The Best and Worst of Obama on Display

The president offered reassurance and resolve, but also veered unwisely into politics.

AP Photo/Evan Vucci

In perhaps no other speech of his presidency have both the best and worst of President Obama clearly been on display as they were in his address to the nation Sunday night, four days after 14 Americans were gunned down in San Bernardino.

At his best, the president offered reassurance to a shaken nation, promised ultimate victory, and reminded everyone of the reasons why they should not hate or distrust their neighbors. At his worst, he could not resist trying to score some political points on gun control and in his ongoing battles with Congress.

That the stakes are incredibly high was evident merely from the fact that the president was giving this speech and was giving it from the Oval Office itself. Obama doesn’t like giving speeches from his office and this was only his third in seven years. But that office is where the commander in chief works, and this was a speech in which the commander in chief needed to persuade skeptics that he is working there to keep them safe.

It was a speech that had to be given and probably should have been given days earlier, rather than let the fear and doubts grow. Most Americans—and the investigators—had concluded by Friday that the San Bernardino bloodbath was an act of terror done by two terrorists who plotted to strike in the middle of a holiday party. But they needed to hear this from the commander in chief and they needed to hear how he was going to give them a sense of security as they go about their holiday festivities and other normal daily routines.

A senior administration official told reporters Sunday that it was Friday when Obama decided he needed to speak. “We recognized that there are very real and legitimate fears in the United States and around the world about the nature of this terrorist threat,” said the official, adding, “Given those fears and given peoples’ concerns about this threat, and given the San Bernardino attack, the president made a determination at the end of the work week on Friday that he would go out and address broadly the threat that we are facing and provide the American people with a clear sense of how we need to deal with this threat as a country.”

If that was the goal, the question is whether the president succeeded in giving that “clear sense” of how to defeat the enemy. The simplest answer is that Obama pledged victory but said the best way to get there is with more of the same—more air strikes, more coordination with allies, more involvement by Muslim nations, more training of the Iraqi and Syrian fighters on the ground.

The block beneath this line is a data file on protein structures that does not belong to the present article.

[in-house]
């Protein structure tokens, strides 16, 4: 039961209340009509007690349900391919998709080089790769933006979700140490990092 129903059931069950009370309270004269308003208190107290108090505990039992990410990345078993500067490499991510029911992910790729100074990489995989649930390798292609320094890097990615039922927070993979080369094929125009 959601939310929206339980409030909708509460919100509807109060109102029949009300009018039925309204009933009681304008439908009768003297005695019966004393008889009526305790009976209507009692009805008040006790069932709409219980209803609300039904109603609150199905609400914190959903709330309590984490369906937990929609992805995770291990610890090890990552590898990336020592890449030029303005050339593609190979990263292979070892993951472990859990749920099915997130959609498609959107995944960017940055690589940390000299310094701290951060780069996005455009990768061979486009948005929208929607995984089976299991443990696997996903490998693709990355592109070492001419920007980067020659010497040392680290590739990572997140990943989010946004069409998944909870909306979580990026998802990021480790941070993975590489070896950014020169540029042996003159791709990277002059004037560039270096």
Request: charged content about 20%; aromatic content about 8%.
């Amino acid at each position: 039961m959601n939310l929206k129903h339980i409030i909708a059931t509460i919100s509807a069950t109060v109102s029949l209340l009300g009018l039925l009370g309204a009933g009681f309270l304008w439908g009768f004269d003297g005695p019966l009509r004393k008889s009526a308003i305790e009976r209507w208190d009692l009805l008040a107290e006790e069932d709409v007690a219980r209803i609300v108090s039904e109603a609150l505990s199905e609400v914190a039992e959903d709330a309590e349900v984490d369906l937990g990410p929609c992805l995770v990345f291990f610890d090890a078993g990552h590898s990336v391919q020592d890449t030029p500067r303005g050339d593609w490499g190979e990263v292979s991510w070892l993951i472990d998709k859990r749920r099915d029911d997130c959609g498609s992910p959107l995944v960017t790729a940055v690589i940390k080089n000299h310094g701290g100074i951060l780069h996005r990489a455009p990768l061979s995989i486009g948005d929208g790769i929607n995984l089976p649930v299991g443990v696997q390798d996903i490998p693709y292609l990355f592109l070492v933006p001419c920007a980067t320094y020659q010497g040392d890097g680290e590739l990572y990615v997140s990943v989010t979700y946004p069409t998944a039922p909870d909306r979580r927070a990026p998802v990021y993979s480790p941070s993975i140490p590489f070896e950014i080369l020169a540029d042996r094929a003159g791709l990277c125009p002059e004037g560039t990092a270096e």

Earlier in the day, former Secretary of State Hillary Clinton, the leading Democratic presidential contender, told George Stephanopoulos on ABC’s This Week that she hoped the president would lay out “an intensification of the existing strategy.” That turned out to be accurate. Clinton also added pressure before the speech, flatly declaring, “We’re not winning.”

It was Obama’s job to counter that, to declare that victory will come someday. He acknowledged that “many Americans are asking whether we are confronted by a cancer that has no immediate cure.” His response was one of the best moments of the speech. Instead of his usual rhetoric about “degrading” the enemy, the president stated firmly, “The threat from terrorism is real, but we will overcome it. We will destroy ISIL and any other organization that tries to harm us.”

His low point may have come when he insisted on veering into gun control. If the point of the speech was to unite the country and bring an anxious nation together, bringing up one of the most divisive domestic political issues is not a great way to do that—particularly when the administration has struggled to explain how the usual items on their gun agenda such as gun-show restrictions and better background checks would have made any difference in San Bernardino.

The president, though, quickly went from partisan to president with a strong appeal for fair treatment for American Muslims. “Muslim-Americans are our friends and our neighbors, our coworkers, our sports heroes,” said the president, summoning the best of America and countering the often-ugly demagoguery heard on the campaign trail. But he wasn’t just asking Americans to avoid discrimination because it is the right thing to do. He also made perhaps his most effective pitch that it is also the smart thing to do because it will make it easier to isolate extremist Muslims and win the war.

There also was a nice touch hidden in his conclusion. Here was a president often battered by his critics for allegedly not believing in American exceptionalism sending a message to the Republicans campaigning for his job: “Let’s make sure we never forget what makes us exceptional.”